The atomic mass of an element is the total number of protons and neutrons in the nucleus of the atom.
Now, here's the rest of the story. The atomic mass of an atom, as given on the periodic table of the elements, is an average. If you had a way to weigh individual atoms one by one, you would find that most of the atoms of a substance had a weight equal to the (rounded) atomic mass, but every now and then you'd have one that was different. The different atoms are called isotopes. They occur naturally, and have an abnormal number of neutrons in the nucleus.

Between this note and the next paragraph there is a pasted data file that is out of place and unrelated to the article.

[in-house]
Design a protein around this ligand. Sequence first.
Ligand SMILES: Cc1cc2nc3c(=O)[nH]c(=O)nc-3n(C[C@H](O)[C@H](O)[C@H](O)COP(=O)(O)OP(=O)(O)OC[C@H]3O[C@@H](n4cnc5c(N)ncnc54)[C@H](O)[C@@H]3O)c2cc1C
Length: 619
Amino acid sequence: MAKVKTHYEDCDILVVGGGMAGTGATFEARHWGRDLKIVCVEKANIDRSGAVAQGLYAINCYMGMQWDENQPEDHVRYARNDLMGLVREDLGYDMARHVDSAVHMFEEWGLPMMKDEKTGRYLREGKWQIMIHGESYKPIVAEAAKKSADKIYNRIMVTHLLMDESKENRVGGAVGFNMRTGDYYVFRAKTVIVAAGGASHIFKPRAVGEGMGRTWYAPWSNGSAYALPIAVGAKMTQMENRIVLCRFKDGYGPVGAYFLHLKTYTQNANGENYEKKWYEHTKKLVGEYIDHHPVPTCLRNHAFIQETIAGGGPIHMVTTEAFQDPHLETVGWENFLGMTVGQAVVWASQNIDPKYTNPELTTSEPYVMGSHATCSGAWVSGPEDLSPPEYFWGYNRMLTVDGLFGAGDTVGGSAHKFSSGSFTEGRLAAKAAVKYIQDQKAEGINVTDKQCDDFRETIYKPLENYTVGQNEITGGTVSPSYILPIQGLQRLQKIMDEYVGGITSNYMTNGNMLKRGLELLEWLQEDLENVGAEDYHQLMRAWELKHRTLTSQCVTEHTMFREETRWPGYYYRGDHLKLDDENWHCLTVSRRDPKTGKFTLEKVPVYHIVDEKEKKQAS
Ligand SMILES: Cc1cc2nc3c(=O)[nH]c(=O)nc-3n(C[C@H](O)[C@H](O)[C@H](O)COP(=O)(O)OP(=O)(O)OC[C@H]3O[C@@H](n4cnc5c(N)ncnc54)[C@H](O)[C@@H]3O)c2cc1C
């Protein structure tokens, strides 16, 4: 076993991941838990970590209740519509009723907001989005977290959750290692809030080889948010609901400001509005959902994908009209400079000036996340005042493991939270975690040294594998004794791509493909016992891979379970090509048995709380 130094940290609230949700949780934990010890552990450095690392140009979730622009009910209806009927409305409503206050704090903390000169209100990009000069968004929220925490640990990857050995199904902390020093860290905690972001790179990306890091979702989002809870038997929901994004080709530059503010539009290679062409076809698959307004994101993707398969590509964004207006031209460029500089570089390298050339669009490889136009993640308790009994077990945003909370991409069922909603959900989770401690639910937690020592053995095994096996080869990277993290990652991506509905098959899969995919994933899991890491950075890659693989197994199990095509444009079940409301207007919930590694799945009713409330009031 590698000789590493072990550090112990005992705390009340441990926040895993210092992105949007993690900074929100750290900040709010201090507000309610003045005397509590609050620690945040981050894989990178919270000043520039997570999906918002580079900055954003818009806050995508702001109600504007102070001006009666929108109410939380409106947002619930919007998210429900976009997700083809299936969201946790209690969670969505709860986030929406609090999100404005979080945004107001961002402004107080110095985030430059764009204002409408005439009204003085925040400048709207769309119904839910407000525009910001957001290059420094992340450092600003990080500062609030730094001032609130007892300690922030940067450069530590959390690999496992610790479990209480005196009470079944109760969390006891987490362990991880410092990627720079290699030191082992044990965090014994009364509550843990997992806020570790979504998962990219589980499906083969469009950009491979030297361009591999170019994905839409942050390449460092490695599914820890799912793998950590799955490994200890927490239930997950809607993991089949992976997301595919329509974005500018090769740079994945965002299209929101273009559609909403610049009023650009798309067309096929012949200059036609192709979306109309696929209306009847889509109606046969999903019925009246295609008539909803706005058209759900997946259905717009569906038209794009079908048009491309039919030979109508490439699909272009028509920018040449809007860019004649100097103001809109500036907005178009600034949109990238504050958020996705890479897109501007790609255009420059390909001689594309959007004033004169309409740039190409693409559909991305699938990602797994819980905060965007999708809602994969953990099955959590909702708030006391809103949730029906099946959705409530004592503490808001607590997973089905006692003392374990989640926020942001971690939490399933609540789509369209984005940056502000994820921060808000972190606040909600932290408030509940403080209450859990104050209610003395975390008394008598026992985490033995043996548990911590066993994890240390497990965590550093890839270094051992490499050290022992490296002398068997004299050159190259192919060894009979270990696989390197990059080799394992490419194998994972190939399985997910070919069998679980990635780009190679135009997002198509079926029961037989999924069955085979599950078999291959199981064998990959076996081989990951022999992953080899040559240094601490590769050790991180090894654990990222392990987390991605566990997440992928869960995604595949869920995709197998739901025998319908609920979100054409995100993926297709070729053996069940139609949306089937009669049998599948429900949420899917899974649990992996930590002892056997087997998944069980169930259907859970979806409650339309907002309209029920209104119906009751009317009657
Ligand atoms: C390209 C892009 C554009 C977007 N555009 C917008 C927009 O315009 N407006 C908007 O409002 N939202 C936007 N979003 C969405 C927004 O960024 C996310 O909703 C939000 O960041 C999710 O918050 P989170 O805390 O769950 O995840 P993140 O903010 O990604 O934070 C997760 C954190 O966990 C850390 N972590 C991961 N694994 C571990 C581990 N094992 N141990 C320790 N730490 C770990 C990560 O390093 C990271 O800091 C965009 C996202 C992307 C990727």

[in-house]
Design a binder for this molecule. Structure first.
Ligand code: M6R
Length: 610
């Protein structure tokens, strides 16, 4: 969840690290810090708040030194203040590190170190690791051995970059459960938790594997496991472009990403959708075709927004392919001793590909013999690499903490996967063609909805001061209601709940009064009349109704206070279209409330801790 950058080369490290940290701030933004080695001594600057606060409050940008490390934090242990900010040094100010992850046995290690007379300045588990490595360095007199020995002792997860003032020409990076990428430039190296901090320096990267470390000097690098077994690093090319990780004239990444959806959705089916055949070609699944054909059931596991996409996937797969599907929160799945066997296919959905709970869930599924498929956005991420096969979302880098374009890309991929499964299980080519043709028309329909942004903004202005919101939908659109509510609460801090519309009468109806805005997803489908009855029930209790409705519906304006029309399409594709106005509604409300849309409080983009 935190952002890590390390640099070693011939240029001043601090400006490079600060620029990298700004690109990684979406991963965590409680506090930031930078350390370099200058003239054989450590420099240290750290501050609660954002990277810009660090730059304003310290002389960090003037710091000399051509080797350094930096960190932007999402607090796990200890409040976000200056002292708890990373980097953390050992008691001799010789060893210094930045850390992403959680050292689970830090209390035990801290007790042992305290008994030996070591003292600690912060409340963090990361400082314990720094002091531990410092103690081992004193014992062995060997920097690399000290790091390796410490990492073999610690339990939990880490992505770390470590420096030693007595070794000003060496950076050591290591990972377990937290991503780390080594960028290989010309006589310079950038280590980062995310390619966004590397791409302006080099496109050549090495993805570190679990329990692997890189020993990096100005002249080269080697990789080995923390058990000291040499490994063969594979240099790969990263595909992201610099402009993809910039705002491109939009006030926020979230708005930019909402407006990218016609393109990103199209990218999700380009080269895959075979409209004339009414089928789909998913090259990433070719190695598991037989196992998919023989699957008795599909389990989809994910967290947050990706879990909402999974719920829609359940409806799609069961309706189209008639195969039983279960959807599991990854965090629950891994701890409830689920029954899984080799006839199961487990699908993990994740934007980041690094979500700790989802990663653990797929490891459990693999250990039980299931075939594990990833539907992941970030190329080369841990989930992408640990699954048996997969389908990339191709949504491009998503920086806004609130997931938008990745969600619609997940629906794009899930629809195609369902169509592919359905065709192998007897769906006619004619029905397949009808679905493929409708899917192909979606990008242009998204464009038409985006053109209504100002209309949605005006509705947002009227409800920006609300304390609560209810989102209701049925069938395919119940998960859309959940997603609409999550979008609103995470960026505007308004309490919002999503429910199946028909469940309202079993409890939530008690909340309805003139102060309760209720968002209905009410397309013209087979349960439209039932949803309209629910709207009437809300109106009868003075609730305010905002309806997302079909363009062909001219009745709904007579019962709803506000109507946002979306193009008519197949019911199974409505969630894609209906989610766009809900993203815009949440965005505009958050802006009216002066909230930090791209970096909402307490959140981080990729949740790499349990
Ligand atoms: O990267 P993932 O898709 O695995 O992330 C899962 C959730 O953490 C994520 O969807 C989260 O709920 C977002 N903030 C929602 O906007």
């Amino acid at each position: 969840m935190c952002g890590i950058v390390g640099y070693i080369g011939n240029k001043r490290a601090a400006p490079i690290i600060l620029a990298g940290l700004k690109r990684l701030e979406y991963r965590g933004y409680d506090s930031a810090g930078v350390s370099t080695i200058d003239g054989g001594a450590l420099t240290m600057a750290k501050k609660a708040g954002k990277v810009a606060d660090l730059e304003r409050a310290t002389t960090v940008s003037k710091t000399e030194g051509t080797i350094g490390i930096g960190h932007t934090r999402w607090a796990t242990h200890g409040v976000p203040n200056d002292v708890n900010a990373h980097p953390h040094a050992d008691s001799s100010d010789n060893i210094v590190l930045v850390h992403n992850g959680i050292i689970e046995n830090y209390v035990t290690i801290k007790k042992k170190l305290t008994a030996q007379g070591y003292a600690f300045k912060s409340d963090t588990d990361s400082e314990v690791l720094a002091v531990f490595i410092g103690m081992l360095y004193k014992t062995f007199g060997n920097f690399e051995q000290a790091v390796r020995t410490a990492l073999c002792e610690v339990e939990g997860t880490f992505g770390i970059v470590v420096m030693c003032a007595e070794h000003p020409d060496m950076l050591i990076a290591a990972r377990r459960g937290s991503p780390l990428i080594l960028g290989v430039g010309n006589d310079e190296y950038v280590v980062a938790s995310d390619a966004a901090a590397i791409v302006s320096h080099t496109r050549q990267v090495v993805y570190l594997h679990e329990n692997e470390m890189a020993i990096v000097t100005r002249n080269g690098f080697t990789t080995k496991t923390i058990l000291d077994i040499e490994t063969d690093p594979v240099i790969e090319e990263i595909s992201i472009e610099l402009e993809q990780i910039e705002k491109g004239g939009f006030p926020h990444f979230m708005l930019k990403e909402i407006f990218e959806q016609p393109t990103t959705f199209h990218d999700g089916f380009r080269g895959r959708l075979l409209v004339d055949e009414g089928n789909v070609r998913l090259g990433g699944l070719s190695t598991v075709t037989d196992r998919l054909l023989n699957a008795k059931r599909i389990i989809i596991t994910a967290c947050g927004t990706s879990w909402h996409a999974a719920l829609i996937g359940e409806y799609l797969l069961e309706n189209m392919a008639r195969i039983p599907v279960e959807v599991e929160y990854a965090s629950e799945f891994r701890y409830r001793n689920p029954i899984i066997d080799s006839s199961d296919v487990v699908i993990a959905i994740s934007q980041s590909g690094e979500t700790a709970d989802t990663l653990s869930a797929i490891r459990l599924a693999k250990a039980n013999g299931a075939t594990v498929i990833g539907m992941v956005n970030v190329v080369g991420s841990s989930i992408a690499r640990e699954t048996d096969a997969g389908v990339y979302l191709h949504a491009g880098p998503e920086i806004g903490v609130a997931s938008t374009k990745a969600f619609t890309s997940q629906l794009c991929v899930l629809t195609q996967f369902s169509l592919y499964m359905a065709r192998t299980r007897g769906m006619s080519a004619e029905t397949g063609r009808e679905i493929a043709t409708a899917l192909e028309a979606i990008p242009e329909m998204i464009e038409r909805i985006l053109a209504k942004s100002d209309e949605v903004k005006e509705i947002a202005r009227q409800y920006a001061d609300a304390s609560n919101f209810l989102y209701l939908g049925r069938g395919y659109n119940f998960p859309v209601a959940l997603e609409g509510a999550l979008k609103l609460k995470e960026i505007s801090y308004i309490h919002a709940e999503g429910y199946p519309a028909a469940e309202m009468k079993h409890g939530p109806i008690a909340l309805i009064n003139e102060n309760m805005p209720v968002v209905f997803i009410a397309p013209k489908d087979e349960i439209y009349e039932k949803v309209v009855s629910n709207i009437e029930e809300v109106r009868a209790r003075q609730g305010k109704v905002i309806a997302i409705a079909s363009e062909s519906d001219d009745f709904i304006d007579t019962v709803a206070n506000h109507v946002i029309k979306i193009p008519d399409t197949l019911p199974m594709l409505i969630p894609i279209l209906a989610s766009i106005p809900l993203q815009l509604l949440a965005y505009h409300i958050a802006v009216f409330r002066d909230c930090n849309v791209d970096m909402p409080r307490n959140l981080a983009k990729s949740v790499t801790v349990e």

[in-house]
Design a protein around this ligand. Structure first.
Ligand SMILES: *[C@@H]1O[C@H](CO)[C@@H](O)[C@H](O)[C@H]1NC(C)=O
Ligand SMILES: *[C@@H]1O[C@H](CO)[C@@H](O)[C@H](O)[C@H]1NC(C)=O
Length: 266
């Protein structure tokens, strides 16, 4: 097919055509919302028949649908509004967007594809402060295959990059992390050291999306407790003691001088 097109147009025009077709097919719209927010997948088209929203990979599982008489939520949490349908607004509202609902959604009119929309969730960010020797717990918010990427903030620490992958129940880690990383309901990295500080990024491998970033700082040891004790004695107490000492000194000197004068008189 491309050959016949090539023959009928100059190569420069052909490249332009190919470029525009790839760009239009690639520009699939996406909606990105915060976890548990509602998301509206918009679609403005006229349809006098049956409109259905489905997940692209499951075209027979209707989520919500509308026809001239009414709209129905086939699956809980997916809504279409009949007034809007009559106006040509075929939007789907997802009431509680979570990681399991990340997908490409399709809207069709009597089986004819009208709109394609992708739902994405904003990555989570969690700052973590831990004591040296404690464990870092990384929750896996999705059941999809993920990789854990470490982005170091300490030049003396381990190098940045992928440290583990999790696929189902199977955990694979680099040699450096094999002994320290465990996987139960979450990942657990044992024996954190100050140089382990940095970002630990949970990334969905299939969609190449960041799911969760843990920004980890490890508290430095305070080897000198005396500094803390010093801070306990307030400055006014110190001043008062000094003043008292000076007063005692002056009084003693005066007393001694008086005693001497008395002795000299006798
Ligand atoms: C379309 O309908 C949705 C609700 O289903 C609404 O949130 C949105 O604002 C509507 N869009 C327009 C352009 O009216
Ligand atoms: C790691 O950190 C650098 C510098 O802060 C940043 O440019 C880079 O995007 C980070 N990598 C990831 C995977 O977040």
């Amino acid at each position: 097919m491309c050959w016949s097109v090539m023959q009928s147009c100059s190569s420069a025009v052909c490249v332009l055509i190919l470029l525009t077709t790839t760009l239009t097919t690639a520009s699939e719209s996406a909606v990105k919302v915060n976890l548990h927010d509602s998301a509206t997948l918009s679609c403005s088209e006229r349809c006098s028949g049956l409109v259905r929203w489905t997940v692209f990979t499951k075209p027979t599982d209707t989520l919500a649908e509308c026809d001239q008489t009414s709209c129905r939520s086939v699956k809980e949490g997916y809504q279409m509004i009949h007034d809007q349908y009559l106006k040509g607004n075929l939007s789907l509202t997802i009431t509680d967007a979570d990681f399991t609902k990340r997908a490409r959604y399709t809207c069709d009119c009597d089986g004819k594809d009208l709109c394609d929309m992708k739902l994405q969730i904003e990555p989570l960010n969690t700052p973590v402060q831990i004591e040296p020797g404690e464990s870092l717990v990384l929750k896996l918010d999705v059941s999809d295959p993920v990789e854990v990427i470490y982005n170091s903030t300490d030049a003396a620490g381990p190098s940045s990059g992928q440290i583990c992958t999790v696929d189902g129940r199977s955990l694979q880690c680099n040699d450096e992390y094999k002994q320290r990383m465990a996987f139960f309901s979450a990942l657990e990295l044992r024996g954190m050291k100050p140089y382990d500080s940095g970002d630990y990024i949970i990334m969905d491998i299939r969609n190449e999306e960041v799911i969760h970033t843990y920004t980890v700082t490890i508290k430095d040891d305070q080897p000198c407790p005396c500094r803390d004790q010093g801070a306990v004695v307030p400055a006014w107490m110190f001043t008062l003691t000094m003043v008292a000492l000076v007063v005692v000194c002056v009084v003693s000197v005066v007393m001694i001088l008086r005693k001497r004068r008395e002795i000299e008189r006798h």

For example, carbon has an atomic mass of 12.0107. In reality, you will never find an atom of carbon that weights 12.0107 amu's. You'll find a lot of carbon atoms that weight exactly 12.000, and a very few that weigh 14.000. For the common size atoms, which we call carbon-12, the weight tells us that there are 6 protons and 6 neutrons in the nucleus. A carbon-14 still has 6 protons (the number of protons is really what determines the identity of the atom), but it has 14-6= 8 neutrons.